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Posts Tagged ‘Wikileaks’

Russia Today, Juliane Assange on Google, Facebook, Guardian, The New York Times, and Media

May 6th, 2011 11 comments

Regardless of your personal views about Wikileaks exposing secret U.S. documents, you will find this exclusive interview by Russia Today of Juliane Assange fascinating. He also weighs in on Google, Facebook, the Guardian, the New York Times, and media in general.

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Reflecting on the Wikileaks Incident: What It Teaches About “Freedom”

January 16th, 2011 11 comments

Before this year really gets going (yes I know I have been out of commission from blogging for a while, a state which may continue for just a while longer), I thought I’d post my own little post reflecting on the Wikileaks incidient – which I think illustrate important issues relating to “freedom.”

The controversy over Wikileaks has evoked strong emotions on all sides here in the U.S. On the one hand, you have those like the U.S. government preaching responsibility, claiming that publication would harm the lives and U.S. interests around the world – that being responsible is necessary to preserving our liberty. On the other hand, you have those like Assange clamoring free speech, raising the specter of a government that can never be trusted.

In the midst of these debates, many have understandably come to see freedom as a balance between competing needs. This is however a mistake.

Balance is the domain of politics, not freedom. Read more…

The New York Times Propaganda: “Vast Hacking by a China Fearful of the Web”

December 7th, 2010 44 comments

On December 4, 2010, the New York Times published this article, “Vast Hacking by a China Fearful of the Web.” Well, if you actually spend just a little bit of time looking for facts supporting what the headline claims, you will not be surprised this is a tactic often employed by the U.S. media to smear other countries. There is no fact supporting the headline. They are all insinuations.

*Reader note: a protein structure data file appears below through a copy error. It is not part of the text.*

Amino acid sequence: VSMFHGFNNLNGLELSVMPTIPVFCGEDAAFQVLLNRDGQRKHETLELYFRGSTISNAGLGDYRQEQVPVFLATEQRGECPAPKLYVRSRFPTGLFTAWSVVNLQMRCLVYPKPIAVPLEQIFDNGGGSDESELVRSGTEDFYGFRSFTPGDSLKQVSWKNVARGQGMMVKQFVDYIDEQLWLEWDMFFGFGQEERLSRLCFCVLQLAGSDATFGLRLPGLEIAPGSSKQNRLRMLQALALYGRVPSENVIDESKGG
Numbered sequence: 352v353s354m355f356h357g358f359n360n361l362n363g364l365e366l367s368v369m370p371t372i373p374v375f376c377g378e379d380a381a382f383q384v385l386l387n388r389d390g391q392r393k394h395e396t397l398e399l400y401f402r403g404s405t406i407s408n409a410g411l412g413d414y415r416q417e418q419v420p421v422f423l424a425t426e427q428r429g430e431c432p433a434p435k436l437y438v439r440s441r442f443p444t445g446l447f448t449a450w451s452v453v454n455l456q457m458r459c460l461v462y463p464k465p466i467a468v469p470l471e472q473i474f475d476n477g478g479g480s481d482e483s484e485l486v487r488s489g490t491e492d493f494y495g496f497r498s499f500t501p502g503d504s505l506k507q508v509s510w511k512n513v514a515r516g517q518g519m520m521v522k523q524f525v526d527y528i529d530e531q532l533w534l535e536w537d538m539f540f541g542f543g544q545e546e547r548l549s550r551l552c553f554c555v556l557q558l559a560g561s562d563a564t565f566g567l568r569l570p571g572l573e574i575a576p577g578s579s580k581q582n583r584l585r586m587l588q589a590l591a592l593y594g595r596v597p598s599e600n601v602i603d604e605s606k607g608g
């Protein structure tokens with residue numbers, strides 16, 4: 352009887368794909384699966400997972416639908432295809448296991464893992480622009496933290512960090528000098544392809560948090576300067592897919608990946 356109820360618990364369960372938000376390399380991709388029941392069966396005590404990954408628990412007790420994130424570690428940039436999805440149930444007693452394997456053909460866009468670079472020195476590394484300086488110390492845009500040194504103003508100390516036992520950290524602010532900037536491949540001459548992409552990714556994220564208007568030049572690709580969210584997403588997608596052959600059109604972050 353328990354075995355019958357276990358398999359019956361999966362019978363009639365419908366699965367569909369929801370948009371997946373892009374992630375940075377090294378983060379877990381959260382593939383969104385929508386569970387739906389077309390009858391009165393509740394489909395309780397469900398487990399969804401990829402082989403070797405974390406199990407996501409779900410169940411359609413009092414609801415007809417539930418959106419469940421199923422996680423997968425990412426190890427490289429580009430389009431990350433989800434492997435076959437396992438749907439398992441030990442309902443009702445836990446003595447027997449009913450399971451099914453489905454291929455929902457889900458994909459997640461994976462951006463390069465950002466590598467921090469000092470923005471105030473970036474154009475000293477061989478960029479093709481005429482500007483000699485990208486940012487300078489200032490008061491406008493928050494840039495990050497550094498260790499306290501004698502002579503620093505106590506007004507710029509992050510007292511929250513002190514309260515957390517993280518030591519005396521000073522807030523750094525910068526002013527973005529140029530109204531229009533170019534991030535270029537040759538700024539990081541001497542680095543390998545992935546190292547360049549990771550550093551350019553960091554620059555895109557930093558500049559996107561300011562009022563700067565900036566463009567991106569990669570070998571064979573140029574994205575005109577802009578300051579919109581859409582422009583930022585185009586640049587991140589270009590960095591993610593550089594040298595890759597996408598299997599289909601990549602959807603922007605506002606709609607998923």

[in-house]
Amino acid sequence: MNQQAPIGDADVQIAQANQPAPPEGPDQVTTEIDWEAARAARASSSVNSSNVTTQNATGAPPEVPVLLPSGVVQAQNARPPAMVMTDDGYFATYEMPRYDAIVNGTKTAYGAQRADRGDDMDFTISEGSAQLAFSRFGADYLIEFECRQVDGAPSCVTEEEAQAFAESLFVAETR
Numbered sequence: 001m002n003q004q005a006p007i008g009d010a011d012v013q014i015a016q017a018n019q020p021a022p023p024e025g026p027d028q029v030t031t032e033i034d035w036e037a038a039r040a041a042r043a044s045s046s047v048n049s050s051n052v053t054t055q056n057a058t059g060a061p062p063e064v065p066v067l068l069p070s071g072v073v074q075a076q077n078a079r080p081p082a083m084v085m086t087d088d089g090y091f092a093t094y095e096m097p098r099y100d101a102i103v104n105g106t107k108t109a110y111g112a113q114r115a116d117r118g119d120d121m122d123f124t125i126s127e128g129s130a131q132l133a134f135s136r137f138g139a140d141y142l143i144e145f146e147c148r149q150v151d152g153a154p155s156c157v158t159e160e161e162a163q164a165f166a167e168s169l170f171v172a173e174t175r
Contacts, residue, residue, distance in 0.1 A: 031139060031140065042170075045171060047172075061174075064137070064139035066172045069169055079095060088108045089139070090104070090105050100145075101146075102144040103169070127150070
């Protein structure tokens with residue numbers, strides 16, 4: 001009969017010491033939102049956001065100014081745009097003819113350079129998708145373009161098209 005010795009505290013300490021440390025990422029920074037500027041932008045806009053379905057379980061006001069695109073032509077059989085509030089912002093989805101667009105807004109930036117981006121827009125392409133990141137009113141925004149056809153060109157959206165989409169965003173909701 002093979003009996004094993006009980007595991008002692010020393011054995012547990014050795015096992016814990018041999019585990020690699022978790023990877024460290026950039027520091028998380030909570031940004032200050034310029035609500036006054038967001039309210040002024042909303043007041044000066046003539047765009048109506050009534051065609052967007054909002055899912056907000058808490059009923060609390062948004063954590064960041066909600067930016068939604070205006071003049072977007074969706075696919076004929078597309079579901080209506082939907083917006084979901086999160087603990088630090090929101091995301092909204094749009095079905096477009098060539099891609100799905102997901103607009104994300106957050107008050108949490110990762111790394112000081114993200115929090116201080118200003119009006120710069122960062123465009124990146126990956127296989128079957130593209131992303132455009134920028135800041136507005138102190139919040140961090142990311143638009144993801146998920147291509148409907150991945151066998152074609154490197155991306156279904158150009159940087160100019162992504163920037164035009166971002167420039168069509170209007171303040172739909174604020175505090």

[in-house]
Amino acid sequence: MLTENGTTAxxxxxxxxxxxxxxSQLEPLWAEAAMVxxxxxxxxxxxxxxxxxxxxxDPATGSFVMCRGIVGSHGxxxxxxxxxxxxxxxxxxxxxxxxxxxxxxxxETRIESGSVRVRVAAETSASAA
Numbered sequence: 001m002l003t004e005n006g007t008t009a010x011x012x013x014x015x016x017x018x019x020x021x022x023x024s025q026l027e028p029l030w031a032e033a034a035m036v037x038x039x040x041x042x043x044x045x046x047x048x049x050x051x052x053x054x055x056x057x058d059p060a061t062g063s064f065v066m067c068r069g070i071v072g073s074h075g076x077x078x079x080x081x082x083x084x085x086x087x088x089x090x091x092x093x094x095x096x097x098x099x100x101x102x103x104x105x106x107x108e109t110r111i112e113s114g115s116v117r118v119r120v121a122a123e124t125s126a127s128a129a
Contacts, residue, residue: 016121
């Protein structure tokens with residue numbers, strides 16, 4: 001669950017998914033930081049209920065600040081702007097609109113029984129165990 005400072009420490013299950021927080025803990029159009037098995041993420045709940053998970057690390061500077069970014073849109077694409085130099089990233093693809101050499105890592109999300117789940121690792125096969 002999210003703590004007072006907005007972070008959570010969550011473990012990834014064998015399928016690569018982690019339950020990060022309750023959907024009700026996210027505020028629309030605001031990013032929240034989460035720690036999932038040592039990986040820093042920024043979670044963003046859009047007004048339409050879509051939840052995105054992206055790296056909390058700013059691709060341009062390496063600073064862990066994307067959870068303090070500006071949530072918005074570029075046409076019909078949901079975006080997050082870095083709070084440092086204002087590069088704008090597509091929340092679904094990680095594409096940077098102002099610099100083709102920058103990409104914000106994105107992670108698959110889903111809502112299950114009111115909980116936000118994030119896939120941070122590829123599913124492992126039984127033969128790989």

My retorts may come across to some as rants, because frankly, I think that’s all this article deserves. You will realize this article is really not trying to honestly make a case for the headline. It presumes the readers have already bought into it. This is a thinly veiled propaganda piece. Sadly, when it comes to China in the U.S. media, this is what we see. As this same propaganda is parroted throughout America, I feel compelled to chime in. America is better without it, because Americans are torn in all directions. She needs to reign in the budget deficit and reinvigorate herself to be more competitive.
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Western media’s gloating at America’s misfortune over the State Department’s cable leaks should stop

December 2nd, 2010 27 comments

In my prior post, “Wikileaks.org: Secret US Embassy Cables“, I didn’t get a chance to say what I thought were wrong about this leak. I mean the leaking itself, not the content of it. Apparently, the Western media is still all over it, gloating at America’s misery and milking it for every penny of advertising dollar they can get their hands on. Here is an example, the Economist’s latest segment, “From soporific to sizzling; Plenty of gossip, some titillation—and also a few surprises.”

I couldn’t help but sympathize with the U.S. government over their desire to put an end to this leak. Whoever leaked it (took the original documents and sent to Wikileaks) is in clear violation of U.S. laws. The fact that Wikileaks is redistributing illegally obtained materials has a tinge of dishonor in it, despite their stated goals.
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Wikileaks.org: Secret US Embassy Cables

November 30th, 2010 14 comments

Wikileaks made history on October 22, 2010, for making public the “391,832 reports (‘The Iraq War Logs‘), documenting the war and occupation in Iraq, from 1st January 2004 to 31st December 2009 (except for the months of May 2004 and March 2009) as told by soldiers in the United States Army.”

They are making headlines again, bigger headlines I think, for starting to release secret U.S. embassy cables from around the world. The embassy cables give a rare insight into the minds of world diplomats – albeit reported through the eyes and ears of the U.S.. The Germany based Spiegel Online had this to say about the new leak (“WikiLeaks Diplomatic Cables“):

251,000 State Department documents, many of them secret embassy reports from around the world, show how the US seeks to safeguard its influence around the world. It is nothing short of a political meltdown for US foreign policy.

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